Get Better Microbiome Test Results!

It’s here! After extensive research, Doctor’s Data, the leading innovator and provider of functional testing globally, have released their most comprehensive multi-technology stool test to date.

Specifically developed to provide clinically actionable results, including standardised dysbiosis index and live susceptibility testing, this breakthrough test utilises the widest array of highly validated technologies in one test.

The GI360™ Profile is an innovative, comprehensive and clinically-applicable stool profile, utilising new  evidence-based DNA mapping technology coupled with growth-based culture and ID by MALDI-TOF, sensitive biochemical assays and microscopy. The ultimate combination to detect and assess the status of pathogens, viruses, parasites and bacteria that may be contributing to acute or chronic gastrointestinal symptoms and disease.

Choose from three GI360 panels:

Key Advantages

  • Multiplex PCR Analysis for the Abundance and Diversity of Key Bacterial Populations of the GI Microbiome
  • Multiplex PCR Detection of Pathogenic Bacteria, Viruses and Parasites
  • Comprehensive Parasitology by Microscopy
  • MALDI-TOF ID of Cultured Bacteria and Yeast
  • Broad Range of Stool Chemistry Markers
  • Standardised Susceptibility Testing of Isolated Bacteria and Yeast
  • Doctor’s Data are the global experts on gastrointestinal testing and are recommended by The Institute of Functional Medicine

If you have been authorised a test by your practitioner, or would like more information on how to conduct your functional test click HERE If you already have an RN Labs account, please log in below.

If you do not have an account and would like to sign up for one, you can do so online HERE

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Breaking down what’s included in the GI360

BACTERIA – Culture and Microbiome Mapping


Why is it important?

It is important to continue testing culture alongside using DNA methods. Culture is considered the gold standard for stool microbiology, and is the only method that allows isolating organisms for standardised antimicrobial susceptibility testing, and facilitates advanced MALDI-TOF species identification.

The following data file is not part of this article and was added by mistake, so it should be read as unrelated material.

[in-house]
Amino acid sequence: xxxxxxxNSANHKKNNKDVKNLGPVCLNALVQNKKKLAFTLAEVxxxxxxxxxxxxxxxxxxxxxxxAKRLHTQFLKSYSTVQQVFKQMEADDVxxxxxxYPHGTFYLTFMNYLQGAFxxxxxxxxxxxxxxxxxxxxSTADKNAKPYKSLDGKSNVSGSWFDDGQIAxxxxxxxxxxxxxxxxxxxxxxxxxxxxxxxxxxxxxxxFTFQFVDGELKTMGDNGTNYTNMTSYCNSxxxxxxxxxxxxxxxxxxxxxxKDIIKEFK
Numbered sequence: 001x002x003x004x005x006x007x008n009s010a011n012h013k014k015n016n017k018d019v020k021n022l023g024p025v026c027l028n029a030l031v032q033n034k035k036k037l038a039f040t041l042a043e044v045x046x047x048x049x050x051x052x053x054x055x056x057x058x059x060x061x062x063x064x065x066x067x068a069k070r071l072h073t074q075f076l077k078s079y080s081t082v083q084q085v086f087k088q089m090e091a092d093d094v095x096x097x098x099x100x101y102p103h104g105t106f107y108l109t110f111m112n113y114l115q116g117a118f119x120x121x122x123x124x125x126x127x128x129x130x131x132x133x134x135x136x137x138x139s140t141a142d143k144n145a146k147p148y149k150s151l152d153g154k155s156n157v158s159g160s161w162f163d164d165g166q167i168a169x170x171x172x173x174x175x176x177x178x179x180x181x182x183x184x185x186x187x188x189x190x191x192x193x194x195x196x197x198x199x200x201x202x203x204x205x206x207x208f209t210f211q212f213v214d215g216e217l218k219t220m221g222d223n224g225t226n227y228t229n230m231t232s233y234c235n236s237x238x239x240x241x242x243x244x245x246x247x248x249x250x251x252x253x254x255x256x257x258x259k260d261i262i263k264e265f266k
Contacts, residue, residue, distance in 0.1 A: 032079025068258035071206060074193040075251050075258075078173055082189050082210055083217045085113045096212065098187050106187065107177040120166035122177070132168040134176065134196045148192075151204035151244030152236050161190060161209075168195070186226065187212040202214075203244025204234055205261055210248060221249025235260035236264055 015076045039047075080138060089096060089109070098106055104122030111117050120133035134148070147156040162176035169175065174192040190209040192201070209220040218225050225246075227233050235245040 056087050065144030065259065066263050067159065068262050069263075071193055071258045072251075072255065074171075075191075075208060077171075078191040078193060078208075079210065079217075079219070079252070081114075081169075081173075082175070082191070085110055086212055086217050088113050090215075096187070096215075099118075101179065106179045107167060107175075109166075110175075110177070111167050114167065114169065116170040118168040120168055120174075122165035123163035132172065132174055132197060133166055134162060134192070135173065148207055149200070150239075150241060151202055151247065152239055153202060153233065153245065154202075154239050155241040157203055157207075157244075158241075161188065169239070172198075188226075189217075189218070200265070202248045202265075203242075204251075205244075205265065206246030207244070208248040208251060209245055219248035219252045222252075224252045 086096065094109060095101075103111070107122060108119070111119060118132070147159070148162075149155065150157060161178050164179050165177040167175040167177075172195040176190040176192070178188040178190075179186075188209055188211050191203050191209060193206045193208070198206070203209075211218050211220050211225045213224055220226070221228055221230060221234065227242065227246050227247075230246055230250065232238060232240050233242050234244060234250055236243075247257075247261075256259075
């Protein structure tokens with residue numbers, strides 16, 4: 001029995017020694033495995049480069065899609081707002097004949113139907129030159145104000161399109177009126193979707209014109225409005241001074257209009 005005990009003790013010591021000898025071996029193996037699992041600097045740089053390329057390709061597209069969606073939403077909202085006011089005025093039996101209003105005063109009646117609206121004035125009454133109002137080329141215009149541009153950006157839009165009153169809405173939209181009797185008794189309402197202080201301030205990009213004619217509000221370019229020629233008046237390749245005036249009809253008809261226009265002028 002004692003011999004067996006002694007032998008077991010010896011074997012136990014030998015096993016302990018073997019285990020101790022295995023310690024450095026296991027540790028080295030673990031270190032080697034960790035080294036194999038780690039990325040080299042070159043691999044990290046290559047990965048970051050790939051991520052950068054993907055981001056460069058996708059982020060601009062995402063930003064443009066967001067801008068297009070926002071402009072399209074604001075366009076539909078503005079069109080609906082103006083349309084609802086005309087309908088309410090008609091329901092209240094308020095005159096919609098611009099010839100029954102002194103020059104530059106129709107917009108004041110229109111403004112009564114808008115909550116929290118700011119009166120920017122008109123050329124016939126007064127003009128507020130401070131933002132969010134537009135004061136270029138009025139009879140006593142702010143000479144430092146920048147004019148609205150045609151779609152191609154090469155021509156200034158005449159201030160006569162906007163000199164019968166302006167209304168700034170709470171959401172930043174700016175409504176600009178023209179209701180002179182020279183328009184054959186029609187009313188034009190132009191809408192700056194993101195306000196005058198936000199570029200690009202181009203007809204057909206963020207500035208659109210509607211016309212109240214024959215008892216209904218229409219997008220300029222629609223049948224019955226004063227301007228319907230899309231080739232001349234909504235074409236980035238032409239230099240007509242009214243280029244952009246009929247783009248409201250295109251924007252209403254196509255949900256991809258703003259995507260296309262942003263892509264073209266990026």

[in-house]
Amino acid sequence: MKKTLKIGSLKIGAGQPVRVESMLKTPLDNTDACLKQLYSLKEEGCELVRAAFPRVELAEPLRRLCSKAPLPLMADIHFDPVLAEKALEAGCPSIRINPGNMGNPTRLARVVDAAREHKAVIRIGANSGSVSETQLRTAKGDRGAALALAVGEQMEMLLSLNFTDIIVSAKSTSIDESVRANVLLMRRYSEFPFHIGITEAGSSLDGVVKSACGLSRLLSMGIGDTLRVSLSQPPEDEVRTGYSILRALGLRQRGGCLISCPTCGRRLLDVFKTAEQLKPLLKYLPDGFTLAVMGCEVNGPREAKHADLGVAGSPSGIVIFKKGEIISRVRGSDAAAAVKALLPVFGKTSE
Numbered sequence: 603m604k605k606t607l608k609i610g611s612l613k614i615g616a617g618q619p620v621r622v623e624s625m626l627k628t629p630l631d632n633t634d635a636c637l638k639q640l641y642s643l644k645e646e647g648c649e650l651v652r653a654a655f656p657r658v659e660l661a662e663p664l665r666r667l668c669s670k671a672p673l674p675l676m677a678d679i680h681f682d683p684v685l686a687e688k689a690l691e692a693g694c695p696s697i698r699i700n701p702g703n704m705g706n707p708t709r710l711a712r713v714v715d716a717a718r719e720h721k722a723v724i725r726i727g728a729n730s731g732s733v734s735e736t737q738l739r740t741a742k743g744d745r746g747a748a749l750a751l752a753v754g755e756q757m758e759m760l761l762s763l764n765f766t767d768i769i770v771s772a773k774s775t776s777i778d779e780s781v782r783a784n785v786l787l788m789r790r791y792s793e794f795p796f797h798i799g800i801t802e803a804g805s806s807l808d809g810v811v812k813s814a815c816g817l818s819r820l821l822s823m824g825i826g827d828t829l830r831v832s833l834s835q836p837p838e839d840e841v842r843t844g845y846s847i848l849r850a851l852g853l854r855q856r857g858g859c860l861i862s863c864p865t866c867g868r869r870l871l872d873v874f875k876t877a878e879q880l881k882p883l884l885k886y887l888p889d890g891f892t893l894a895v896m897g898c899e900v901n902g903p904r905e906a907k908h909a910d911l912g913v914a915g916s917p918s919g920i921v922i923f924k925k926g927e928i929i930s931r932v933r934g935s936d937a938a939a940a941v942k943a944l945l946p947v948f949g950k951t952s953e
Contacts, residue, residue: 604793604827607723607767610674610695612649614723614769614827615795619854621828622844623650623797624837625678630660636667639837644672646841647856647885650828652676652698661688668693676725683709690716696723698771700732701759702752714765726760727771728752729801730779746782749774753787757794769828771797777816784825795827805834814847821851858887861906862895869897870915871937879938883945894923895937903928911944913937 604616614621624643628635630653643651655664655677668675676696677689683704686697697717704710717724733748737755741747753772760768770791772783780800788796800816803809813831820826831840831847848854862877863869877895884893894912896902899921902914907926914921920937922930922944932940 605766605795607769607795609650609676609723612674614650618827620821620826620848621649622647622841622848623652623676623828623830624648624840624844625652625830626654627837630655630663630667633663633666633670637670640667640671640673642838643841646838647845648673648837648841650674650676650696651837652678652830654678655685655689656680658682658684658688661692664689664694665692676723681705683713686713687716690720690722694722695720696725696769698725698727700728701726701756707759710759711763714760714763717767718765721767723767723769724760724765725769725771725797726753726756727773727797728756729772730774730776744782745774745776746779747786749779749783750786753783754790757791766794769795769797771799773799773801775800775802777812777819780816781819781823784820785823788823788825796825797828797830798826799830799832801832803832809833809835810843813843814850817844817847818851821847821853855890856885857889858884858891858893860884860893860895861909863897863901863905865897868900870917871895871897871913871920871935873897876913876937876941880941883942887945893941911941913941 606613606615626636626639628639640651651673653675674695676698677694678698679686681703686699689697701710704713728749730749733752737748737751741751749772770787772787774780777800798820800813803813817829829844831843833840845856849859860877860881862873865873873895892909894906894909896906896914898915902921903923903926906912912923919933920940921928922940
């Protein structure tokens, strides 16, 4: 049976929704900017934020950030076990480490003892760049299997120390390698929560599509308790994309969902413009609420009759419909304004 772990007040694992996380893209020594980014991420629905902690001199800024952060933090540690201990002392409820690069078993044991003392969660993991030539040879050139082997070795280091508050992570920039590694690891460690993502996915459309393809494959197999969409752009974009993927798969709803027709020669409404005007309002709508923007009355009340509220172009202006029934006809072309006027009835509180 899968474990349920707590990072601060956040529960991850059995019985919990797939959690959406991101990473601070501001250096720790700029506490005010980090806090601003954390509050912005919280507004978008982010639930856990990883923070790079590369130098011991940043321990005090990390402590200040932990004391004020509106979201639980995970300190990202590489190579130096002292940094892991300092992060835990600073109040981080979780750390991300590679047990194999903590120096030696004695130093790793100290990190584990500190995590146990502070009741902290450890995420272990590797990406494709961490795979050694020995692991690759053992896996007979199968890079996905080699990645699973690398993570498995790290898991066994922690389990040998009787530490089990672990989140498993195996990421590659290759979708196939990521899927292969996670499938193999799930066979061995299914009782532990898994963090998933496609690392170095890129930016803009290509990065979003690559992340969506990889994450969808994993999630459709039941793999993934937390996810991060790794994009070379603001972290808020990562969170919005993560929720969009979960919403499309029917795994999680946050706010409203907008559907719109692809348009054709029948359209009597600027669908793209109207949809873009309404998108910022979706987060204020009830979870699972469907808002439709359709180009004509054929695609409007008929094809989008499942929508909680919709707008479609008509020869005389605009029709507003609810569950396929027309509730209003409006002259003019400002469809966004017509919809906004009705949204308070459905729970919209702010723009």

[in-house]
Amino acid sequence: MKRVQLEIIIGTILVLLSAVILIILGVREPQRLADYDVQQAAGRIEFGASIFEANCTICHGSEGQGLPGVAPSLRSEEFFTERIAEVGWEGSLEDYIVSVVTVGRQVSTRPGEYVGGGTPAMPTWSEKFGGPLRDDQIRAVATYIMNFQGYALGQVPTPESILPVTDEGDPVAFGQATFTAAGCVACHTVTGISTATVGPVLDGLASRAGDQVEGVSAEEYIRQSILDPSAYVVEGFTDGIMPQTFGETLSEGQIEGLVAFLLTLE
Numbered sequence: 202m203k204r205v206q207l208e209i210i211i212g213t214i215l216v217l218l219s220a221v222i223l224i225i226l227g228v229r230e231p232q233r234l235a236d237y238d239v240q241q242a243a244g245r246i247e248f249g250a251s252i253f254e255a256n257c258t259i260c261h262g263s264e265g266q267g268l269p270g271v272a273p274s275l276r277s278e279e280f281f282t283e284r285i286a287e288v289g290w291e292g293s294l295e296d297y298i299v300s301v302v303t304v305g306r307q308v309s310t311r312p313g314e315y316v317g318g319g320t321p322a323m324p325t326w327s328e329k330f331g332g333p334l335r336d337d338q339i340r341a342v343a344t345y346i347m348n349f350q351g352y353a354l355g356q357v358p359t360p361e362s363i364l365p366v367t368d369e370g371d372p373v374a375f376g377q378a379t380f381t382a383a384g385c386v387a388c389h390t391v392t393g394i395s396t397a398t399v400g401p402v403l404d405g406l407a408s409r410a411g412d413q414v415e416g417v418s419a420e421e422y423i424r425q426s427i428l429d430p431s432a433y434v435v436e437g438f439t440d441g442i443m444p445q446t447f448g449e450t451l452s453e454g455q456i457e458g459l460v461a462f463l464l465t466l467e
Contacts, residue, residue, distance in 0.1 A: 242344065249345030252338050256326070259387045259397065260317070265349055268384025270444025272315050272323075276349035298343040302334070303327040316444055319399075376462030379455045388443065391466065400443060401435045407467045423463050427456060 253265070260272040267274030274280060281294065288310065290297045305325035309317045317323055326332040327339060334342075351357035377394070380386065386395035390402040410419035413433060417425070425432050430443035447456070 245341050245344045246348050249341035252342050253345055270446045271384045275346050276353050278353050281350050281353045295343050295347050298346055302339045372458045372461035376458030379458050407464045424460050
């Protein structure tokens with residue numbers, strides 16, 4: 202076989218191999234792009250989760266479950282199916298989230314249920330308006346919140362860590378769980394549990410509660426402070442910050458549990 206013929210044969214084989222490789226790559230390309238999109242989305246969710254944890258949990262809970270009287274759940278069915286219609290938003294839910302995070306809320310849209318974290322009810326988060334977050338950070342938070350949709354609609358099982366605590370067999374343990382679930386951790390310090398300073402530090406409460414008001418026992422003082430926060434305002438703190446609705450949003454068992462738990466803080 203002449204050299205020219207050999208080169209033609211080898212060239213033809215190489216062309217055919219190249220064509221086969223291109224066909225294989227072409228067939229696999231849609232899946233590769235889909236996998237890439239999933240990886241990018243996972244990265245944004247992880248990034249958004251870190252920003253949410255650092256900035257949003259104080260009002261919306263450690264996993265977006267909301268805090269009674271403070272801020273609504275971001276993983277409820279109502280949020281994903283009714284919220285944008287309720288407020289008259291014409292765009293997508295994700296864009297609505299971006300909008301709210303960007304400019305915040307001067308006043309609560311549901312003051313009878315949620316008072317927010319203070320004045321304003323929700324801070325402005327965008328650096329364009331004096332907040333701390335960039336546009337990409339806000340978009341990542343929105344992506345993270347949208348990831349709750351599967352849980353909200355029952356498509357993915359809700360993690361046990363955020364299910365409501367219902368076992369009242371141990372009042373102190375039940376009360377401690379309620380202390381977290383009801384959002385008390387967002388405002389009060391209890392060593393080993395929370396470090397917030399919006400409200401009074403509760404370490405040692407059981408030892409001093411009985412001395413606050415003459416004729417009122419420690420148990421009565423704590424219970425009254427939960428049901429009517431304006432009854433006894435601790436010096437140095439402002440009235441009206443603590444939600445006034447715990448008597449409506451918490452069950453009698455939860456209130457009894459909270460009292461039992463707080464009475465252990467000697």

Traditionally in Microbiology there are 3 different growth conditions considered. Doctors Data looks at 10 different growth conditions.

When there are deficiencies in expected bacteria, mucosal barriers are compromised, which can result in:

  • Vacated adhesion sites
  • Decreased butyrate production
  • Decreased microbial-host cross talk
  • Decreased sIgA
  • Decreased antimicrobial peptides
  • Decreased mucous and mucin secretion
  • Increased mucous layer permeability



MALDI-TOF is utilised to identify specific pathogenic and dysbiotic species. At Doctor’s Data they ensure accurate results through regular equipment calibrations and highly skilled technicians.

MALDI-TOF ID of Cultured Bacteria and Yeast

This microbiology testing is able to identify more than 1400 organisms, including imbalanced and pathogenic bacteria. MALDI-TOF technology is “open database”, so it can identify unlimited new organisms.

What is it?

MALDI-TOF is a laser technology that allows for higher specificity of identification because it is looking for the “finger-print” which is unique to a particular organism. There are 5 steps in the MALDI-TOF MS identification process:

  1. Ionization of proteins from a pure isolate
  2. Separation of vaporized, ionized proteins that have different masses
  3. Detection of the number of the different ionized proteins